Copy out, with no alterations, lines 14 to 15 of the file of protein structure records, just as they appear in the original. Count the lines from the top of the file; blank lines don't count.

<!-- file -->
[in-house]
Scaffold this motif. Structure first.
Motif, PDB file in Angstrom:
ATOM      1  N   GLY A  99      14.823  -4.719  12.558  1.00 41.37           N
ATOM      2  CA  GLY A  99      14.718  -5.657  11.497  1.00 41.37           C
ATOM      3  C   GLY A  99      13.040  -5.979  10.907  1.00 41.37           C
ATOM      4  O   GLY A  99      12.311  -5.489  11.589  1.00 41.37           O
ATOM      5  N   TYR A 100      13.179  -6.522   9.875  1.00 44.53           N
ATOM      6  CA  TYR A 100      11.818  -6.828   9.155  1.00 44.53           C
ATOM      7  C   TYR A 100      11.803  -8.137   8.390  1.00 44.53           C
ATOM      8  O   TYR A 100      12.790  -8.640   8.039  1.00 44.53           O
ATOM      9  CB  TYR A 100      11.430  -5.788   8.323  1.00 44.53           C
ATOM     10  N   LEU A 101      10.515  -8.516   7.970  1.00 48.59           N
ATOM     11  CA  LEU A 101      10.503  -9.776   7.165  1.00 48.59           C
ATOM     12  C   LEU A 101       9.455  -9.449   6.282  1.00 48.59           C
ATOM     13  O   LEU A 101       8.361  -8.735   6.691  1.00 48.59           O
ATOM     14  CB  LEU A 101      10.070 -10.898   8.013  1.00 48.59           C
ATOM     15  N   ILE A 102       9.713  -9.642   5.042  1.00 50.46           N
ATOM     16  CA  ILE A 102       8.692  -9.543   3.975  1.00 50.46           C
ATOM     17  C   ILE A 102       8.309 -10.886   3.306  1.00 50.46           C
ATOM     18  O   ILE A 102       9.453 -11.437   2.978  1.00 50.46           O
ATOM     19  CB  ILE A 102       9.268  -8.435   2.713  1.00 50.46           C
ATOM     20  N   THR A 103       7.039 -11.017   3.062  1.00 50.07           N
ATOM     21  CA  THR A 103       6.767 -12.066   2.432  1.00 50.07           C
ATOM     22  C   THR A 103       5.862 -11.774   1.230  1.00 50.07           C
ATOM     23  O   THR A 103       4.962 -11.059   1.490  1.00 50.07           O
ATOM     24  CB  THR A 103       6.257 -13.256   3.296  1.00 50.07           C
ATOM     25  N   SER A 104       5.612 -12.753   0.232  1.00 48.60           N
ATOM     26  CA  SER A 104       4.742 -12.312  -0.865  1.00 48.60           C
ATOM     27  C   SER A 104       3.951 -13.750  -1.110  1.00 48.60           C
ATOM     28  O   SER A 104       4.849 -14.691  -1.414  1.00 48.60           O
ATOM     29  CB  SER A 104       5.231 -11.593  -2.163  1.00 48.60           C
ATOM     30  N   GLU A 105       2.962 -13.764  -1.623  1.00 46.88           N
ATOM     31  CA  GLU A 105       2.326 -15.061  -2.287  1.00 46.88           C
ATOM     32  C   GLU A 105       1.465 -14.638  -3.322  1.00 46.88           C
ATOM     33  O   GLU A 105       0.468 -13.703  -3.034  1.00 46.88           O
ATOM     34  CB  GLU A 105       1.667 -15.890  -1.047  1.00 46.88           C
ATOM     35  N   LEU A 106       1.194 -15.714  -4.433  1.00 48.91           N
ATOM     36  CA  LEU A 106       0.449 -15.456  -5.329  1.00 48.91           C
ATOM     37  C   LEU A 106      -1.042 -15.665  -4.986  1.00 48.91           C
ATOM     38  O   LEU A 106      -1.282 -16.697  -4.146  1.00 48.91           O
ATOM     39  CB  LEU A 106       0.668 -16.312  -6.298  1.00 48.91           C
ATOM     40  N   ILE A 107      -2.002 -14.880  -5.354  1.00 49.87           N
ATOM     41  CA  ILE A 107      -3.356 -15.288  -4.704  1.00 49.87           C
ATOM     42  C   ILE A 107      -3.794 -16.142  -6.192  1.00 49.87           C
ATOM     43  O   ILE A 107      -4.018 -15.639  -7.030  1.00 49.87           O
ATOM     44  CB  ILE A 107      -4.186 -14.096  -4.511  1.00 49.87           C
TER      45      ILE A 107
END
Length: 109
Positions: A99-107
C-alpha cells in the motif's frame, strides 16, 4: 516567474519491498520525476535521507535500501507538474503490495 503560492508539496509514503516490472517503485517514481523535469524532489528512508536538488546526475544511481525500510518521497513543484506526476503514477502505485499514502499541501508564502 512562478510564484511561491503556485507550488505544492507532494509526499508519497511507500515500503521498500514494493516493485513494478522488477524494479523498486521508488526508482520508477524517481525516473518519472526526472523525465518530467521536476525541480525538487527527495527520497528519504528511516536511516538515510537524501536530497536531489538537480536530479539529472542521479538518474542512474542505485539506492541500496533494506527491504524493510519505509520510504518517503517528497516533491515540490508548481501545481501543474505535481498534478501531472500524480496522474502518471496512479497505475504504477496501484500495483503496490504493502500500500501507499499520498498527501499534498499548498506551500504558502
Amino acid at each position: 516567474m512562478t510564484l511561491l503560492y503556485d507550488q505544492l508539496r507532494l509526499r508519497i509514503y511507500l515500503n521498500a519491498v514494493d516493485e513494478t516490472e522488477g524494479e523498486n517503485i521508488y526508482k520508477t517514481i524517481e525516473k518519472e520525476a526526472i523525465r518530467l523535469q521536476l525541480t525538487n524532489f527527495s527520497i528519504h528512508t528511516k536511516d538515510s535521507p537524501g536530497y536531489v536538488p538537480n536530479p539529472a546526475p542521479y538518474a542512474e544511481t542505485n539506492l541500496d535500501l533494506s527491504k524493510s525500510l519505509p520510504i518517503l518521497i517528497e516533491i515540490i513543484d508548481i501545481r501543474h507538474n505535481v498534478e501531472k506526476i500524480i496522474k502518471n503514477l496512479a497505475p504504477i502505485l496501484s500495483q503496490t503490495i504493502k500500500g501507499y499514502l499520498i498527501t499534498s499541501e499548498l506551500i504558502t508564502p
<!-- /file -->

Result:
ATOM     11  CA  LEU A 101      10.503  -9.776   7.165  1.00 48.59           C
ATOM     12  C   LEU A 101       9.455  -9.449   6.282  1.00 48.59           C